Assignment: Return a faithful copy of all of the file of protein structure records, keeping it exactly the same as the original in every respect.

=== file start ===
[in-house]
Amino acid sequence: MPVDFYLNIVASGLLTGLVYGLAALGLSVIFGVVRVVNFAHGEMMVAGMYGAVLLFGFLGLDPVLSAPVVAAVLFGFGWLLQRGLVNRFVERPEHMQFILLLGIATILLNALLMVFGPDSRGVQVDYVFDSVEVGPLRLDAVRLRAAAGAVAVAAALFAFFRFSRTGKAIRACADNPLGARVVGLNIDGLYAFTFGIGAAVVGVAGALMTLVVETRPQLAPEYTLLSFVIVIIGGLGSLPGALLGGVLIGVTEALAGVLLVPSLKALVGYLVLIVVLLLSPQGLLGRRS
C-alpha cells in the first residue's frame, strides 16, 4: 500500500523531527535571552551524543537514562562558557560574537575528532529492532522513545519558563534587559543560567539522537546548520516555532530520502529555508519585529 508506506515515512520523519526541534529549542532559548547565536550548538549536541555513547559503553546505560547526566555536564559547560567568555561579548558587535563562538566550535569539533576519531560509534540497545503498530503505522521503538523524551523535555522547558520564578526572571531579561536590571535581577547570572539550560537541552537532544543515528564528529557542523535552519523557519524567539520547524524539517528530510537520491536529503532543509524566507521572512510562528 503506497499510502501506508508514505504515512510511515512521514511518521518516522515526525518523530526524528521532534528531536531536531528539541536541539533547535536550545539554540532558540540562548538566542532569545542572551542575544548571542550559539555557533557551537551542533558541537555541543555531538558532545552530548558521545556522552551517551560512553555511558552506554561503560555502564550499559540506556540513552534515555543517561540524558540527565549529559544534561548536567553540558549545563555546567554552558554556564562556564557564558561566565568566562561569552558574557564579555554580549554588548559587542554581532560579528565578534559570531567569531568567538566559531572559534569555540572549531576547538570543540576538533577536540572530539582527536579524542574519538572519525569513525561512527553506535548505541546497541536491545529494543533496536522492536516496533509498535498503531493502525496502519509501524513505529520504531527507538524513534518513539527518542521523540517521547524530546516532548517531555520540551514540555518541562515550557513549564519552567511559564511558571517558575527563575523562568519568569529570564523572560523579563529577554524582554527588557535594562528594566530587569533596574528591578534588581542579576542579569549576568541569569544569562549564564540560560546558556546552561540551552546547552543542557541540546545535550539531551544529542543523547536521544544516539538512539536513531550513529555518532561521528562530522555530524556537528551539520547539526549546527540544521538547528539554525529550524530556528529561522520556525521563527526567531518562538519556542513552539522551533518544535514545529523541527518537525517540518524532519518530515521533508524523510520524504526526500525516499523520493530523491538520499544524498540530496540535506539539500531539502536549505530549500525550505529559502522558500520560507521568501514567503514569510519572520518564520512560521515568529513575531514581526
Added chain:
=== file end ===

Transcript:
[in-house]
Amino acid sequence: MPVDFYLNIVASGLLTGLVYGLAALGLSVIFGVVRVVNFAHGEMMVAGMYGAVLLFGFLGLDPVLSAPVVAAVLFGFGWLLQRGLVNRFVERPEHMQFILLLGIATILLNALLMVFGPDSRGVQVDYVFDSVEVGPLRLDAVRLRAAAGAVAVAAALFAFFRFSRTGKAIRACADNPLGARVVGLNIDGLYAFTFGIGAAVVGVAGALMTLVVETRPQLAPEYTLLSFVIVIIGGLGSLPGALLGGVLIGVTEALAGVLLVPSLKALVGYLVLIVVLLLSPQGLLGRRS
C-alpha cells in the first residue's frame, strides 16, 4: 500500500523531527535571552551524543537514562562558557560574537575528532529492532522513545519558563534587559543560567539522537546548520516555532530520502529555508519585529 508506506515515512520523519526541534529549542532559548547565536550548538549536541555513547559503553546505560547526566555536564559547560567568555561579548558587535563562538566550535569539533576519531560509534540497545503498530503505522521503538523524551523535555522547558520564578526572571531579561536590571535581577547570572539550560537541552537532544543515528564528529557542523535552519523557519524567539520547524524539517528530510537520491536529503532543509524566507521572512510562528 503506497499510502501506508508514505504515512510511515512521514511518521518516522515526525518523530526524528521532534528531536531536531528539541536541539533547535536550545539554540532558540540562548538566542532569545542572551542575544548571542550559539555557533557551537551542533558541537555541543555531538558532545552530548558521545556522552551517551560512553555511558552506554561503560555502564550499559540506556540513552534515555543517561540524558540527565549529559544534561548536567553540558549545563555546567554552558554556564562556564557564558561566565568566562561569552558574557564579555554580549554588548559587542554581532560579528565578534559570531567569531568567538566559531572559534569555540572549531576547538570543540576538533577536540572530539582527536579524542574519538572519525569513525561512527553506535548505541546497541536491545529494543533496536522492536516496533509498535498503531493502525496502519509501524513505529520504531527507538524513534518513539527518542521523540517521547524530546516532548517531555520540551514540555518541562515550557513549564519552567511559564511558571517558575527563575523562568519568569529570564523572560523579563529577554524582554527588557535594562528594566530587569533596574528591578534588581542579576542579569549576568541569569544569562549564564540560560546558556546552561540551552546547552543542557541540546545535550539531551544529542543523547536521544544516539538512539536513531550513529555518532561521528562530522555530524556537528551539520547539526549546527540544521538547528539554525529550524530556528529561522520556525521563527526567531518562538519556542513552539522551533518544535514545529523541527518537525517540518524532519518530515521533508524523510520524504526526500525516499523520493530523491538520499544524498540530496540535506539539500531539502536549505530549500525550505529559502522558500520560507521568501514567503514569510519572520518564520512560521515568529513575531514581526
Added chain: